Seafood Destination the Salt Line Opens in Ballston Today

Find lobster rolls, smash burgers, and a new lineup of crudos.

Salt Line favorites like the waterman's fried seafood platter, lobster roll, and smash burger will carryover to the Ballston menu. Photograph by Jennifer Chase.

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The Salt Line has tapped a New Englander to help oversee the seafood-centric menu of its second location in Ballston, opening today. Executive chef Matt Singer has spent the past decade working at French, Mediterranean, and Italian restaurants, all of which embraced hints of New England cooking and ingredients. In his new role, he’s working with chef/co-owner Kyle Bailey to carry over plenty of classics from the Navy Yard flagship along with a new lineup of crudos, seafood appetizers, and other heartier dishes.

Among the staples sticking around: clam chowder, stuffies (baked stuffed clams), the fried seafood waterman’s platter, lobster rolls (dressed or buttered), and the famous smash burger. The restaurant will have the same raw bar program highlighting Chesapeake and New England oysters as well as shareable seafood towers, and is looking to add seafood charcuterie in the near future.

Chef Matt Singer is adding a new lineup of crudos to the Salt Line’s Ballston menu. Photograph by Jennifer Chase.

Singer, who’s been working at Navy Yard since the beginning of the year, is also adding his own touches, including crispy octopus with shishito peppers and chilled seafood salad with fried artichokes and cherry pepper aioli. A new selection of crudos includes raw halibut dressed with avocado, shaved fennel, celery, bay leaf oil, and chopped kalamata olives. Bailey predicted the unusual combination would be the most polarizing dish, but it’s been an early favorite among friends and family.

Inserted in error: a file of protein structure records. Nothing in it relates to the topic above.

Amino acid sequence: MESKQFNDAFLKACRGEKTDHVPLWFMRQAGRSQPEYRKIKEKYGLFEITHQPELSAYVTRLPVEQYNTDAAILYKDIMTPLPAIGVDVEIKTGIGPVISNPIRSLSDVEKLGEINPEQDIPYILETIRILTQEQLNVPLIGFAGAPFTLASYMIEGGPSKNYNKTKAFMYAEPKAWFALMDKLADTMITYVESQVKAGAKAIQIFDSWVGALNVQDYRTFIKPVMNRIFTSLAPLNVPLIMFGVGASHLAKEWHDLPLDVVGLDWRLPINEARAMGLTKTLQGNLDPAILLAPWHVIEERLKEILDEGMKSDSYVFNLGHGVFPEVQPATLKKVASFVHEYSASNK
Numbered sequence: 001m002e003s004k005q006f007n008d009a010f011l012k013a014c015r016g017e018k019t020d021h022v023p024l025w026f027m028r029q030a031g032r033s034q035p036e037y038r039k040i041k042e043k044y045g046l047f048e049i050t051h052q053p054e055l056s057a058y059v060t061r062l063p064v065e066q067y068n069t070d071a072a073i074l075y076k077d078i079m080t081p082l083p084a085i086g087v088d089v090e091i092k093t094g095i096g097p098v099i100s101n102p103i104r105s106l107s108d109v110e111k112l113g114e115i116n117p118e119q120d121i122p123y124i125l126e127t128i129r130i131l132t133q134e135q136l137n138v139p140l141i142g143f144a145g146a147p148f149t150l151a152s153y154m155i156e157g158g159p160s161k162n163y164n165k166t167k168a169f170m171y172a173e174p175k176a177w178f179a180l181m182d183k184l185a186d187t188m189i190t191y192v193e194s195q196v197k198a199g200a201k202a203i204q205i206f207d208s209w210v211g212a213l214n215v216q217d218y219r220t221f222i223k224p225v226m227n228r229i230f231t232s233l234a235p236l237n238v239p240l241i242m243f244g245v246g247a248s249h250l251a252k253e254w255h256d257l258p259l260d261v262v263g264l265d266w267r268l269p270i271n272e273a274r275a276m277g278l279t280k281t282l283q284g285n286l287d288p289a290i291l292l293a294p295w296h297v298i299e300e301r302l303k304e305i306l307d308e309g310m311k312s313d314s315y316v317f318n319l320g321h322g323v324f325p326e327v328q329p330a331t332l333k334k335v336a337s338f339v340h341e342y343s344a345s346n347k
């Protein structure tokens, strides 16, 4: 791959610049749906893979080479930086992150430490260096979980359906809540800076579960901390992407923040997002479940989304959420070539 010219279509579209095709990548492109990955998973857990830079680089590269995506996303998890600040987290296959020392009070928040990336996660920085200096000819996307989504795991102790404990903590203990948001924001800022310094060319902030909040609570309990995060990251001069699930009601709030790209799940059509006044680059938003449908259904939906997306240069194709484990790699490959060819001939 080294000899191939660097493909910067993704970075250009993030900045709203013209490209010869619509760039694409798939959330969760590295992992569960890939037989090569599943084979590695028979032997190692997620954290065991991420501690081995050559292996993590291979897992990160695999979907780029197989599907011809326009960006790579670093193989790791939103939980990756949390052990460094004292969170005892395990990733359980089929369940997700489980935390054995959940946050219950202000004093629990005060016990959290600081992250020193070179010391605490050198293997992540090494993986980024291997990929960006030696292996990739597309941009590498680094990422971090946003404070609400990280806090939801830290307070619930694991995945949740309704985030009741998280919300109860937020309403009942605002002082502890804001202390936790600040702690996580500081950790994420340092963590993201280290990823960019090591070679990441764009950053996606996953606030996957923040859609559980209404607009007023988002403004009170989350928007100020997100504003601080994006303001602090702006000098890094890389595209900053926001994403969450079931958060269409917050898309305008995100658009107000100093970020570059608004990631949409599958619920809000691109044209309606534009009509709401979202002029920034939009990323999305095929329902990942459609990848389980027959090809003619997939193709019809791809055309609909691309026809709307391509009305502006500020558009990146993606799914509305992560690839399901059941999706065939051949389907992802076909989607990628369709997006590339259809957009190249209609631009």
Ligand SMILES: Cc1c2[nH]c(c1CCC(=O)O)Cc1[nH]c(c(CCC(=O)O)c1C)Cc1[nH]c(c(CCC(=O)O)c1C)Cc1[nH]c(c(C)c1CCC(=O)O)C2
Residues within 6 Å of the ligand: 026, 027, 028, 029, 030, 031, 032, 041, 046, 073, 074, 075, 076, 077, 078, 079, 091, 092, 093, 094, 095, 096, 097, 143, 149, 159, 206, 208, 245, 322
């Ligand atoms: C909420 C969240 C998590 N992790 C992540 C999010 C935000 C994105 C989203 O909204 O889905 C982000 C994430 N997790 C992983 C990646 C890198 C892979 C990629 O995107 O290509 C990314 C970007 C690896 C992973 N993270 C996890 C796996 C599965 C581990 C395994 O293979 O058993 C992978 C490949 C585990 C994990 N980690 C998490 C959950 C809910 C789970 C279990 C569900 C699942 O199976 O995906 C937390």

One expected hit is the house-made bucatini and scallops in a spicy ‘nduja salami sauce with fennel and orange bread crumbs. For anyone looking for non-seafood options, a yankee pot roast is served with garlicky boursin cheese grits and orange-glazed carrots.

For dessert, over-the-top milkshakes are sticking around. The fall menu features a pumpkin-flavored special with pumpkin-spiced toasted marshmallow and a full-sized whoopie pie on top.

The new space seats just over 160 indoors and on the patio. And while it’s not across the street from a baseball stadium, Bailey says they hope to still make it a game day hangout.

Meanwhile, a third location of the Salt Line is headed for Bethesda. “I feel like any place where there’s an All-Purpose or a Chiko is where we keep ending up,” Bailey jokes of restaurants run by his longtime industry friends. It’s set to open next year.

The Salt Line. 4040 Wilson Blvd., Arlington. 703-566-2075.

Jessica Sidman
Food Editor

Jessica Sidman covers the people and trends behind D.C.’s food and drink scene. Before joining Washingtonian in July 2016, she was Food Editor and Young & Hungry columnist at Washington City Paper. She is a Colorado native and University of Pennsylvania grad.